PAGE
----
2017 Nov 16th

Does Fido Need a New Home?

Some Great Tips for Finding the Right Home for You and Your Dog

When you’re house hunting, you want to find the perfect spot for every member of your family, including your pooch. But where do you start? Here are some tips on what to look for in prospective homes and how to make the move a breeze.

Vellie

Make a list. One of the best things you can do to get started is to write down features you want in your new home. Think through things that will make life easier for you and your dog, and notate items that are “must haves.” Here are some suggestions:

Stairs. Many dogs have trouble navigating stairs, especially in old age. If there are stairs in the home, consider how hard they will be for your dog to manage. Look at areas such as the deck, porch, and entryway as well. Think about whether there is a railing to help contain your dog, and whether you will need to install ramps for easier access.

Elevators.  Hoboken has many elevator buildings.  How far a trek is it for your dog to get from your apartment to outside?  Especially important for puppies.  When I lived in the city, we had to go down an elevator, cross the sky lobby and then down another elevator and out the main lobby to the street.  That’s asking quite a bit from a new pup.

Fencing. A safely fenced-in private or common yard is the top feature dog owners seek in a new home. Consider how appropriate an existing fence is for your dog. Be sure your condo association allows pets and learn what the rules are about letting your dog into the common yard.  Some buildings prohibit it, some don’t.  Needless to say, always clean up after your dog if you expect to have the privilege of sharing a yard.

Pet-friendly landscaping. When looking at the home’s landscaping, consider what is growing that may be toxic to your dog. Daylilies, azaleas and daffodils are popular plants that are also poisonous to pets.

Water hazards and water access.  There are few pools in our area and dogs are generally prohibited from the pool area.  But, if you are buying a house, think about whether you will need to fence the area off to protect your dog from drowning. Look for easy access to outdoor spigots. You can bathe your dog outside and refill water bowls conveniently.  Is there a hose in the common yard of your condo?

Neighborhood. Find out if the neighborhood is pet-friendly. Consider whether you will have a safe area for walking with your dog. Check into area dog parks and other places you can go with your pooch.  Check with any homeowner associations and inquire about city ordinances.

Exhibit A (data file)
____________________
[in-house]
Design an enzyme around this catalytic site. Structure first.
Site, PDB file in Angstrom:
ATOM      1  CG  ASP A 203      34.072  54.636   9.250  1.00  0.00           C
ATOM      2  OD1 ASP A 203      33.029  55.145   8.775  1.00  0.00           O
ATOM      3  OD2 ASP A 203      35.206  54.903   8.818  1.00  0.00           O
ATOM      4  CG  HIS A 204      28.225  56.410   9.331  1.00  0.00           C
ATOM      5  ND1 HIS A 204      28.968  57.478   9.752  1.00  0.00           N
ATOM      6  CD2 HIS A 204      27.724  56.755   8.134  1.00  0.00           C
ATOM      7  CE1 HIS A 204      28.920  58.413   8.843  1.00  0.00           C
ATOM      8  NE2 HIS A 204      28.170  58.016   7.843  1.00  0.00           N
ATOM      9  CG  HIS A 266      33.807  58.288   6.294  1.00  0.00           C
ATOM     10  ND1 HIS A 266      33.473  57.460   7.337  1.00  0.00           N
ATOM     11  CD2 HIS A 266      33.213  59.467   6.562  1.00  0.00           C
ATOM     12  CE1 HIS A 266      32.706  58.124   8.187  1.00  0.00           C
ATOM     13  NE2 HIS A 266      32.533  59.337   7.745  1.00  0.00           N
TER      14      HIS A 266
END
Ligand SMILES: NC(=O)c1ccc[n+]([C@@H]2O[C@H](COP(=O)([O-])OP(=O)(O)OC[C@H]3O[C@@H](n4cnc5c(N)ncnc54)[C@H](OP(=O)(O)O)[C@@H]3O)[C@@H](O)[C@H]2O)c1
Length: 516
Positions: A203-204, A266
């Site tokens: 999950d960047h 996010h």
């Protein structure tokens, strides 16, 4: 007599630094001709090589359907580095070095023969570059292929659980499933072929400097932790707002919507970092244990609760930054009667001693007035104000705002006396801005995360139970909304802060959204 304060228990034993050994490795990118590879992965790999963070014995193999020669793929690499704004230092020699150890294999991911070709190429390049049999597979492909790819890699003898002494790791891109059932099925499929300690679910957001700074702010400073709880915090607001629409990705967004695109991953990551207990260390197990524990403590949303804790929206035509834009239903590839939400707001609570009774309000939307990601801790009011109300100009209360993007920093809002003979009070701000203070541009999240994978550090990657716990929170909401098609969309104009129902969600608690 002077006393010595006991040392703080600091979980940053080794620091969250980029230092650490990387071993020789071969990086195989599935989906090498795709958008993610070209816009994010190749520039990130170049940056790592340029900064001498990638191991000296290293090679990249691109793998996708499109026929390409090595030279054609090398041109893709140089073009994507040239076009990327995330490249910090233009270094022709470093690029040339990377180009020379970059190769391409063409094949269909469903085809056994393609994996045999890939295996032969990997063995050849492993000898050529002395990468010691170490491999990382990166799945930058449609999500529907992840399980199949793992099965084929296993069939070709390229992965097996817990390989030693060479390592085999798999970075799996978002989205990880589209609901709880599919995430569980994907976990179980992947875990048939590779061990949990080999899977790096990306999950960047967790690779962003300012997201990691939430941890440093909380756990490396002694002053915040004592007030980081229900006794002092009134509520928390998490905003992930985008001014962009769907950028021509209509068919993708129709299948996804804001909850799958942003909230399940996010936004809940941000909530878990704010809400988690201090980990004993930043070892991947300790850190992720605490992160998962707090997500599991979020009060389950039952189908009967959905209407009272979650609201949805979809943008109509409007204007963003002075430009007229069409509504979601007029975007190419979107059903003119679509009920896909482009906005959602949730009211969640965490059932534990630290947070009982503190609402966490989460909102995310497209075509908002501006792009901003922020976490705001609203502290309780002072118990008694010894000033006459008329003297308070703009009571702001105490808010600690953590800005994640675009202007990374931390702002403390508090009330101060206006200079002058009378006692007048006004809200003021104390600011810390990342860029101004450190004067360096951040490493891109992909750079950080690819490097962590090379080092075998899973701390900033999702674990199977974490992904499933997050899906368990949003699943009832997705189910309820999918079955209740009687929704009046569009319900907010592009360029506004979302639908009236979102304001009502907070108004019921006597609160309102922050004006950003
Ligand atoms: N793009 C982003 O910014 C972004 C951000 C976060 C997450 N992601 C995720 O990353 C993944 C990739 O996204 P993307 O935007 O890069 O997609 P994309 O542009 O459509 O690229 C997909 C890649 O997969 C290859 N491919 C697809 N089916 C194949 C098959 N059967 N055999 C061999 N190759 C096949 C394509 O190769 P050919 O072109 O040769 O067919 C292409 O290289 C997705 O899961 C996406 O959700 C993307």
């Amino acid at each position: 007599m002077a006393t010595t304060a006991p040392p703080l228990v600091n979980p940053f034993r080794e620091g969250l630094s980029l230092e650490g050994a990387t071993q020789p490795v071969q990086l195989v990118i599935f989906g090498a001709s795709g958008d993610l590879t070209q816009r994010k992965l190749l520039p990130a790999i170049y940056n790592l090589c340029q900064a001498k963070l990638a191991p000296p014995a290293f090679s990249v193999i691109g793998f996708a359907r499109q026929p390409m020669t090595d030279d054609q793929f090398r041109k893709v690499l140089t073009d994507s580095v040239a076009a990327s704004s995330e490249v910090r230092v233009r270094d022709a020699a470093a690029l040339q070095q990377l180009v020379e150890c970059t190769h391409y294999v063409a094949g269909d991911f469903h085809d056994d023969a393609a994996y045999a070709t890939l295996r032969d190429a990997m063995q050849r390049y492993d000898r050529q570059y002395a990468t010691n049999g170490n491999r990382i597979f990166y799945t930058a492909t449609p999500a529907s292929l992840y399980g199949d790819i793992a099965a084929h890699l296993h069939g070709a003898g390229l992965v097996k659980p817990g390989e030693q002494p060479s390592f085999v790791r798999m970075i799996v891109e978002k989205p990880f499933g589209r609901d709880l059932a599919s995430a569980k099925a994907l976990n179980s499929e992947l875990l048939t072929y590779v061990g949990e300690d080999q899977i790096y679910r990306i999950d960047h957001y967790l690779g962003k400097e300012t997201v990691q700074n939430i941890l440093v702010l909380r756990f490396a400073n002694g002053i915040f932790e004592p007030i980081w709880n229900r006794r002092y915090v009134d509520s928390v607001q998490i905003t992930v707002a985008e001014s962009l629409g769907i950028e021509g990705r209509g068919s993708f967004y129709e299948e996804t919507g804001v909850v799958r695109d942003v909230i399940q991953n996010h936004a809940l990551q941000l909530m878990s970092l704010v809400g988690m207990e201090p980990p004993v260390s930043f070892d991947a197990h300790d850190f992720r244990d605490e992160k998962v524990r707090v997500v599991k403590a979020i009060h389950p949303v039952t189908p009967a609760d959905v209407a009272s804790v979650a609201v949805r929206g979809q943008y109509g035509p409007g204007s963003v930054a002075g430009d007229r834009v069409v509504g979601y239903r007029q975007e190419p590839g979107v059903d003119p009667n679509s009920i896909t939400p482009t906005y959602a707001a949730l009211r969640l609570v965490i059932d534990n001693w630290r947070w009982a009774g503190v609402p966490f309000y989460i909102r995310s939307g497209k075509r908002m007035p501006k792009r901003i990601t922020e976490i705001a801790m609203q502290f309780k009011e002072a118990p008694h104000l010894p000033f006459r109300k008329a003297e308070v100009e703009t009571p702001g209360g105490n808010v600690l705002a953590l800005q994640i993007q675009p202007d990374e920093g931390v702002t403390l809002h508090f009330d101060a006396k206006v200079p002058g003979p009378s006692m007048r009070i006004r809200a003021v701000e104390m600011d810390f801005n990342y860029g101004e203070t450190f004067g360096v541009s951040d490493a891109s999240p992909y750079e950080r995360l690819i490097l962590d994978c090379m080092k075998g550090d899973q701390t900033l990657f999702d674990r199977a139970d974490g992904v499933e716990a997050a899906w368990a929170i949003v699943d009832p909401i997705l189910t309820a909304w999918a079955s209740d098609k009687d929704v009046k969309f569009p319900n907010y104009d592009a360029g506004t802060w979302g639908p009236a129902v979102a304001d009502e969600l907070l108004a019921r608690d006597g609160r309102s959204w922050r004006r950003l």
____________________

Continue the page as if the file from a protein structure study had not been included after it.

Pet-related services. Research area pet sitters and dog walkers. Find out if you are close to a veterinarian, emergency pet clinic, and how far you need to travel to board your dog. You might even decide to board your dog during the move to avoid the stress and chaos of the event. Plug the services’ contact information into your phone so you are ready when you need it.

Preparing to Move

Once you find that perfect place, you need to plan how you will acclimate Fido to the new surroundings. The professionals at Redfin offer this advice:

Start packing. Begin packing gradually, and be calm and happy about the process. Your dog is sensitive to your emotions. Being organized and relaxed will make things easier for both of you.

Order new tags. Purchase new identification tags for your dog with your updated contact information.

Introduce the home. Take time with your dog to walk through the new home, and allow your pooch to explore and smell the surroundings.

Routine. Carry as much of the old routine into the new home as possible. Using the same bowls, food, bed and leash will help your dog feel secure. Keep your schedule consistent. Use a crate to help reduce anxiety for your dog.

The day of the move. According to some professionals, moving can be an extremely stressful event for your dog. Some dogs may become frightened and run away or hide. If you decide not to board your dog on the big day, make sure your pooch is in a secure place during the chaos.

Welcome home! Finding the right new home for you and your pet is exciting. Make a list of features you want and prepare properly for the move. You and your pooch will be settled down in no time!

If you happen to be looking for a home with a yard for your dog, I’ve got a great 1BR with a private yard for sale at 741 Park Avenue.  Give me a shout if you’d like to see it or stop by our open house from 1 to 3 Saturday and Sunday this weekend!

Sorry – technical issues – no Open House map today.  Go buy stuff for Thanksgiving and watch football.

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  1. JC

    Thank you, good list and extremely important. The dog list gets more weight than the human list, and well deserved.

  2. Marc

    Dogs > People

  3. Lori Turoff

    Y’all know how I feel about my dogs. Best thing in the universe!

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